In striped ties, white button-ups, denim skirts and red blazers, the crowds outside Madison Square Garden last week looked more ready for a field trip than a pop concert. But on Thursday (a school night!) and Friday, fans basked in nostalgia and welcomed the return of RBD, a 2000s pop act born out of a telenovela.
RBD — a real-life group with real-life hits that just so happens to have evolved out of a fictional pop group — played two sold-out shows at the Garden to thousands of fans outfitted in early-2000s styles and renditions of prep school uniforms. Collegiate blazers and loosened neckties have been part of RBD’s signature look since the group debuted in the 2004 telenovela “Rebelde,” a Mexican remake of an Argentine series that followed a group of teenagers at the fictional Elite Way boarding school as they formed a band.
“As soon as I bought the tickets, I already knew what I was going to wear,” Diego Moreno, 32, a Venezuela native who lives in Chicago, said before the group’s Friday show. He wore a cherry red blazer bearing an Elite Way School patch, a white button-up, a red-and-white striped tie and a pair of Converse.
“There are different iterations of this school look,” he said. “Like, you’ll see some black jackets and black pants or even a blue button-up instead of white. But the red tie is what is usually consistent.”
Three hours before showtime, Taysha and Yava Aviles, sisters from Hazleton, Pa., waited in line outside the Garden on Eighth Avenue for the doors to open. For them, RBD represents their childhood and bond as sisters.
“It all started when we were in Puerto Rico in the 2000s,” Yava Aviles said. “We would watch the novelas on TV as sisters and wouldn’t miss an episode. Now we are here, and of course we came dressed.”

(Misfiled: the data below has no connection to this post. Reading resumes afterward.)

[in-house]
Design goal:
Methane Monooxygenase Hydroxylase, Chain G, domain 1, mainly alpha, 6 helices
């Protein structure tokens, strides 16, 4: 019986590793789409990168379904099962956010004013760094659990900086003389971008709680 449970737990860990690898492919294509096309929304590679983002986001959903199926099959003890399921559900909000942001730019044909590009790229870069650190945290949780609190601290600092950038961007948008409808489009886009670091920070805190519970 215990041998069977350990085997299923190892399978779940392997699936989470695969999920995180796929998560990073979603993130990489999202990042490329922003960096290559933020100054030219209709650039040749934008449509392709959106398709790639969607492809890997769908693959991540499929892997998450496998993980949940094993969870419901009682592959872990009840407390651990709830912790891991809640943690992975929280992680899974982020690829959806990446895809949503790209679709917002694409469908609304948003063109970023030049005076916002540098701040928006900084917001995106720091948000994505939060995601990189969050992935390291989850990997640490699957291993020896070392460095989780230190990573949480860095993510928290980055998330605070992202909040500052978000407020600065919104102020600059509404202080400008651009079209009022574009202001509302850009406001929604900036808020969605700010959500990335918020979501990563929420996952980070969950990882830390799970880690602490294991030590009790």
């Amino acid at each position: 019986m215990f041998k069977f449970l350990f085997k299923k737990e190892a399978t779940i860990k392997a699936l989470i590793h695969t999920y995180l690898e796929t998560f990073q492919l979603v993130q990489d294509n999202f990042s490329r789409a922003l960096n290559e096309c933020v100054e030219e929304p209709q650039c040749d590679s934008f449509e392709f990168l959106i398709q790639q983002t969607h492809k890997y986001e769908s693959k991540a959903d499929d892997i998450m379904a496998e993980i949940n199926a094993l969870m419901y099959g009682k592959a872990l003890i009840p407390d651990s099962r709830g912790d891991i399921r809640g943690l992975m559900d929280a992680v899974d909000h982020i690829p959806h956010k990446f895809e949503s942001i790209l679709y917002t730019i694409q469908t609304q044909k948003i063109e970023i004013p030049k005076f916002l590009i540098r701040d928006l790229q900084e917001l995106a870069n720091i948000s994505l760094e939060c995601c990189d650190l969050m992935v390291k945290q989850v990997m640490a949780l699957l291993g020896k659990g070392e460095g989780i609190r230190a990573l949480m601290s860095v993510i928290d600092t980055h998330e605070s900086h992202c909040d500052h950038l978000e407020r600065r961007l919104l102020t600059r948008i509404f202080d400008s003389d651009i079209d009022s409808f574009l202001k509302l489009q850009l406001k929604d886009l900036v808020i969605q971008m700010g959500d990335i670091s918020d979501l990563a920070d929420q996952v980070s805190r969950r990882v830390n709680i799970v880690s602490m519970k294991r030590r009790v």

Taysha Aviles, 27, kept it traditional with a prep-school girl look and a small nod to Season 1 with a sky blue button-up. Yava Aviles, who is two years younger, channeled one of the stars, Dulce María, with red- and black-streaked braids and a Y2K cyberpunk outfit in matching red and black.
Among a sea of red ties and denim skirts, scattered cowgirls in pink showed there was more to the group than boarding-school chic. The looks alluded to the RBD ballad “Sálvame,” which figured in a 2005 episode in which Mía Colucci, played by the actress Anahí, sports a carnation pink cowgirl hat and matching snow jacket while shooting the song’s music video.
The look was the inspiration for Lisbeth Rojas of Brooklyn, who wore a silver and white take on Mía Colucci’s look. Ms. Rojas said that her shimmering eye shadow with a diamond silhouette had taken her an hour and a half to perfect, but that was nothing compared with the three hours she spent decorating her bejeweled cowgirl hat. “I barely finished it last night, but I’m so proud of it,” she said.
With so many references to RBD’s looks from fans, the group members themselves also celebrated their past onstage. Much of that came thanks to Kara Saun, creative consultant for the Soy Rebelde Tour.
Across the 27 cities and 54 dates of the tour, Ms. Saun is tasked with making sure members maintain their own style, but are also cohesive together.
“Each member has their own aesthetic,” Ms. Saun said backstage, as she held a green rhinestone boot. “Dulce is more glam rock, Anahí is girlie punk, Maite loves purples and fuchsias, Christopher likes more modern sleek, and Christian is amazingly out there.”
As RBD performed onstage, a team of artisans and tailors worked backstage, sewing garments, adding sequins and updating costumes. Each member of RBD has two traveling closets: one under the stage, where all the quick changes happen, and one backstage. To ensure everything runs smoothly, Ms. Saun has a team of four artisans from Los Angeles as well as local tailors at each night’s show.
“I love how the audience gets so excited at the end, when they come out in their iconic red school jackets,” Ms. Saun said. “On this tour we are referencing the past, but also updating the looks to who they are today.”
For the finale, five mannequins appeared onstage, outfitted with red coats. The group returned to the stage, illuminated by dim red lighting, and slowly put on their Elite Way jackets. Then, in unison, each member pulled a red tie from the front left pocket and let it hang unfastened.
Fans in their matching school uniforms and red ties — which were, of course, on sale at merch tables — screamed; others cried for this long-awaited school reunion.
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